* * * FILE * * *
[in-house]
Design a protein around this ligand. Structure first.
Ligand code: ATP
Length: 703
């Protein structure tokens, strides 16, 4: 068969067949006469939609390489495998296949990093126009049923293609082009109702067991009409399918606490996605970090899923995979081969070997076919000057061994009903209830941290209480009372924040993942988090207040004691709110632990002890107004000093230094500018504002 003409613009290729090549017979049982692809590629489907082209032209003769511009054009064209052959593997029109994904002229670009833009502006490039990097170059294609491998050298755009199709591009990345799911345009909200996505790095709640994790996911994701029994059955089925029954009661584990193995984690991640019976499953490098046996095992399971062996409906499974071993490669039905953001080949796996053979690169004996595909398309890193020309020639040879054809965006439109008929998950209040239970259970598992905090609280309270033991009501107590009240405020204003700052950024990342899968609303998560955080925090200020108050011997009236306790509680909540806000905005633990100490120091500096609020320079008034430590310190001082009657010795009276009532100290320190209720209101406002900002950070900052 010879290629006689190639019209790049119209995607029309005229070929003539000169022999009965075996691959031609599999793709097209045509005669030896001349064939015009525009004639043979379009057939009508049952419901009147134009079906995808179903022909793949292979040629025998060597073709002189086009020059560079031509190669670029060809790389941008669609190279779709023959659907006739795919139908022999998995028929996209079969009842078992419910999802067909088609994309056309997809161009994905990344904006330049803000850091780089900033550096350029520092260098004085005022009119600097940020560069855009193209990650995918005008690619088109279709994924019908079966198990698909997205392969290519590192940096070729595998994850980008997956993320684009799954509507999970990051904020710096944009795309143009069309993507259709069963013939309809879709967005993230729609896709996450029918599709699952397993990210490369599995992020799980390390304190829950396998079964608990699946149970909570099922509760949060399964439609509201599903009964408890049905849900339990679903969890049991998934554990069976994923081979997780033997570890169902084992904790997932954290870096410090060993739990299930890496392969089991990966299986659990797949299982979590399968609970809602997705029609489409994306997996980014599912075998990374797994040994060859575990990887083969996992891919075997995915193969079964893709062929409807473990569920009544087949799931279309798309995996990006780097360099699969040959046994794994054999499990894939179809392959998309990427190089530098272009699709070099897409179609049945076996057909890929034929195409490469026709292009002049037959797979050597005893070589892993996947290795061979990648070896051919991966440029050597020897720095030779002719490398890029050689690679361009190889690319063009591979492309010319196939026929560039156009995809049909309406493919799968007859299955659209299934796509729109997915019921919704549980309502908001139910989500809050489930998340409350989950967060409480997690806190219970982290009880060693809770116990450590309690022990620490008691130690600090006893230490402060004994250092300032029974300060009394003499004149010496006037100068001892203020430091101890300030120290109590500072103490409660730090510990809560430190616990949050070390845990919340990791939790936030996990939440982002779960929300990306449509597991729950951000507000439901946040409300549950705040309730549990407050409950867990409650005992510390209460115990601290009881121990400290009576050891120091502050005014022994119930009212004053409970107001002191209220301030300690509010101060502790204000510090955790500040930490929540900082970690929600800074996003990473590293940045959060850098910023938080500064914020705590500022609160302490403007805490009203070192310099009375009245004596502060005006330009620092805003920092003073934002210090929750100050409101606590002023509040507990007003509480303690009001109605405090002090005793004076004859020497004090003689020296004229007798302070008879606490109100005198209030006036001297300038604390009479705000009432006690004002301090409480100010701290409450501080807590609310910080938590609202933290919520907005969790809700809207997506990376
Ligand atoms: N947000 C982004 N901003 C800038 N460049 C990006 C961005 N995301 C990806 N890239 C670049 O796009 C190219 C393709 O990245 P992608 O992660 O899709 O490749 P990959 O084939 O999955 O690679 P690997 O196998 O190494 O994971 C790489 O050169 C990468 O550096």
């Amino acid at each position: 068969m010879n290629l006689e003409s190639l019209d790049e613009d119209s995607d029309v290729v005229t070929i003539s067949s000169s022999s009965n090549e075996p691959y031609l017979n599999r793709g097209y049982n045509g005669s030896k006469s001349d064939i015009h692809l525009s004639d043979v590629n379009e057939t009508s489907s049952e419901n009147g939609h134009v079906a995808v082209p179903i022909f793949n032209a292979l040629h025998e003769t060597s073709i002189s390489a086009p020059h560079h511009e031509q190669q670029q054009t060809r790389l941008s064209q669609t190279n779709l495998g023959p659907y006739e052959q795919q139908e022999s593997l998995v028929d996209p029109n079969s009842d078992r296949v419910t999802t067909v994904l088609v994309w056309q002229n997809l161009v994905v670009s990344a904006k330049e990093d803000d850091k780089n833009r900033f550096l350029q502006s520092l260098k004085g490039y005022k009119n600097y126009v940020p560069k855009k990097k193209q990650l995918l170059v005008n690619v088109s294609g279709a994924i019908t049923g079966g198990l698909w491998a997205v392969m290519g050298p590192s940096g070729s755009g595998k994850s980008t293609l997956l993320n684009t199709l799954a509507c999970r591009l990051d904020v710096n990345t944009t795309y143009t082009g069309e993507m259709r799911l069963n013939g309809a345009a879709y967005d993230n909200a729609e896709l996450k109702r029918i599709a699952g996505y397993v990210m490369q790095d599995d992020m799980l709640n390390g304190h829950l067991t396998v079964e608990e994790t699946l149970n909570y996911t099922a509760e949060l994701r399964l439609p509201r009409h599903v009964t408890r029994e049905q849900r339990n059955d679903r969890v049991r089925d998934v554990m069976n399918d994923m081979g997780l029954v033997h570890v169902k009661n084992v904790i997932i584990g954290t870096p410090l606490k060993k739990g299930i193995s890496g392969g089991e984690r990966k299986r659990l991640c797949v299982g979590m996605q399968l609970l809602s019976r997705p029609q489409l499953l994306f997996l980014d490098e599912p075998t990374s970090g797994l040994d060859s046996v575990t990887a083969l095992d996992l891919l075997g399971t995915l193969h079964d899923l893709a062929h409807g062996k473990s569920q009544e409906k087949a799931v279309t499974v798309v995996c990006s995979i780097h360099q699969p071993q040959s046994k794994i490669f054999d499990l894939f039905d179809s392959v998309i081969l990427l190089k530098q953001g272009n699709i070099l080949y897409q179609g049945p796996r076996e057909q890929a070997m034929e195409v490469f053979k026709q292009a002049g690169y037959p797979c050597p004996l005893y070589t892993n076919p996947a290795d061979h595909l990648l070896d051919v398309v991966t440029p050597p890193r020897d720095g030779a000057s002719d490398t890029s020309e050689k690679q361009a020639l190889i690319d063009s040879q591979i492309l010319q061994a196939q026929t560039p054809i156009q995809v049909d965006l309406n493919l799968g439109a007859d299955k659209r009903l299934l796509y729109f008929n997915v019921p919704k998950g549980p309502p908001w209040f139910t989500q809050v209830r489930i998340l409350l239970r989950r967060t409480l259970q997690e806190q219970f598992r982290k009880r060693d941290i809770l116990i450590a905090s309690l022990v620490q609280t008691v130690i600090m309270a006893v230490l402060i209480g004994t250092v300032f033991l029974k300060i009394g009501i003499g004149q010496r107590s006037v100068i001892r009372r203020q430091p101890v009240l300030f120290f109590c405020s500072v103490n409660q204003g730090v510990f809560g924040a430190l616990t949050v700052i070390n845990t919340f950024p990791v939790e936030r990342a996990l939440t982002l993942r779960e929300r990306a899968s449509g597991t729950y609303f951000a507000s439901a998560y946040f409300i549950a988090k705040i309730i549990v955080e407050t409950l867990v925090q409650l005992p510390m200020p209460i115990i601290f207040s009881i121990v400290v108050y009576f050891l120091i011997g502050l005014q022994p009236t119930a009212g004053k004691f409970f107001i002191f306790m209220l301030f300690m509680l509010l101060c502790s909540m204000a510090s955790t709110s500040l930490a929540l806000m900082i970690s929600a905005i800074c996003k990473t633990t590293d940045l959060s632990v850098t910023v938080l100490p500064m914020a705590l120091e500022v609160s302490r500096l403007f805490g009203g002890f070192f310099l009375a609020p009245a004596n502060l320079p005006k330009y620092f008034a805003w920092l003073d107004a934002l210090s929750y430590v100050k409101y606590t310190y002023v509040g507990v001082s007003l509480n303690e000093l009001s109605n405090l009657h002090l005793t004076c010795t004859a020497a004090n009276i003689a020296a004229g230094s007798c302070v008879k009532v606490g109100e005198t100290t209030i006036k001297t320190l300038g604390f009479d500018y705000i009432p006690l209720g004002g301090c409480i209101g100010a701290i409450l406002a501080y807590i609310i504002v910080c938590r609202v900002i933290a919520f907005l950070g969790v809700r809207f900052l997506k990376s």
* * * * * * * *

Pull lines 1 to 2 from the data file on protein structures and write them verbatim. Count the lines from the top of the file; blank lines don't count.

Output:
[in-house]
Design a protein around this ligand. Structure first.